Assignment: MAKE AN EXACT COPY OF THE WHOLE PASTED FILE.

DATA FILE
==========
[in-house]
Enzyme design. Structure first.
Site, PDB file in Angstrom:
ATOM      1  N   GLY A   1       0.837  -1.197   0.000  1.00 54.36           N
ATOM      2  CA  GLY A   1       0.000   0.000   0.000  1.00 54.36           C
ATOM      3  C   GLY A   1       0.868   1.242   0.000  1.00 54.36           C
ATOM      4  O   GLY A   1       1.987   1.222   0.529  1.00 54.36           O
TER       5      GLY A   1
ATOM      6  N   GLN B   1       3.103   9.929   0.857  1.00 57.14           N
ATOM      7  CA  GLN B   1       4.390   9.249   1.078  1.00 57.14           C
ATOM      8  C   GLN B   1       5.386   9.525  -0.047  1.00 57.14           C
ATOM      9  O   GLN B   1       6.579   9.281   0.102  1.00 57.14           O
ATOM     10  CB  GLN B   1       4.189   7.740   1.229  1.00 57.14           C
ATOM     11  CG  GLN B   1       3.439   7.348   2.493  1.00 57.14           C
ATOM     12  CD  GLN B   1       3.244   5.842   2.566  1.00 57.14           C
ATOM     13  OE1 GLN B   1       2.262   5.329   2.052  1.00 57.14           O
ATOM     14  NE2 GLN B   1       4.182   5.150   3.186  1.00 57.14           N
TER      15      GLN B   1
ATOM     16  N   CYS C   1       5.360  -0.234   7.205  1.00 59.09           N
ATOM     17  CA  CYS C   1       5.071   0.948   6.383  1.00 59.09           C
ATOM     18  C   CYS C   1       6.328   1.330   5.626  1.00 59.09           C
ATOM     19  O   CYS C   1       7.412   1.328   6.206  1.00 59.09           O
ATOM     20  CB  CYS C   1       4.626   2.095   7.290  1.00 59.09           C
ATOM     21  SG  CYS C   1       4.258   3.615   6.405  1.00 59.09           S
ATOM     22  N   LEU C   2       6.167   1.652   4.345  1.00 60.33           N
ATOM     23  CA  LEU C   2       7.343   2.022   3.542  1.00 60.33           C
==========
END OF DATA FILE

[in-house]
Enzyme design. Structure first.
Site, PDB file in Angstrom:
ATOM      1  N   GLY A   1       0.837  -1.197   0.000  1.00 54.36           N
ATOM      2  CA  GLY A   1       0.000   0.000   0.000  1.00 54.36           C
ATOM      3  C   GLY A   1       0.868   1.242   0.000  1.00 54.36           C
ATOM      4  O   GLY A   1       1.987   1.222   0.529  1.00 54.36           O
TER       5      GLY A   1
ATOM      6  N   GLN B   1       3.103   9.929   0.857  1.00 57.14           N
ATOM      7  CA  GLN B   1       4.390   9.249   1.078  1.00 57.14           C
ATOM      8  C   GLN B   1       5.386   9.525  -0.047  1.00 57.14           C
ATOM      9  O   GLN B   1       6.579   9.281   0.102  1.00 57.14           O
ATOM     10  CB  GLN B   1       4.189   7.740   1.229  1.00 57.14           C
ATOM     11  CG  GLN B   1       3.439   7.348   2.493  1.00 57.14           C
ATOM     12  CD  GLN B   1       3.244   5.842   2.566  1.00 57.14           C
ATOM     13  OE1 GLN B   1       2.262   5.329   2.052  1.00 57.14           O
ATOM     14  NE2 GLN B   1       4.182   5.150   3.186  1.00 57.14           N
TER      15      GLN B   1
ATOM     16  N   CYS C   1       5.360  -0.234   7.205  1.00 59.09           N
ATOM     17  CA  CYS C   1       5.071   0.948   6.383  1.00 59.09           C
ATOM     18  C   CYS C   1       6.328   1.330   5.626  1.00 59.09           C
ATOM     19  O   CYS C   1       7.412   1.328   6.206  1.00 59.09           O
ATOM     20  CB  CYS C   1       4.626   2.095   7.290  1.00 59.09           C
ATOM     21  SG  CYS C   1       4.258   3.615   6.405  1.00 59.09           S
ATOM     22  N   LEU C   2       6.167   1.652   4.345  1.00 60.33           N
ATOM     23  CA  LEU C   2       7.343   2.022   3.542  1.00 60.33           C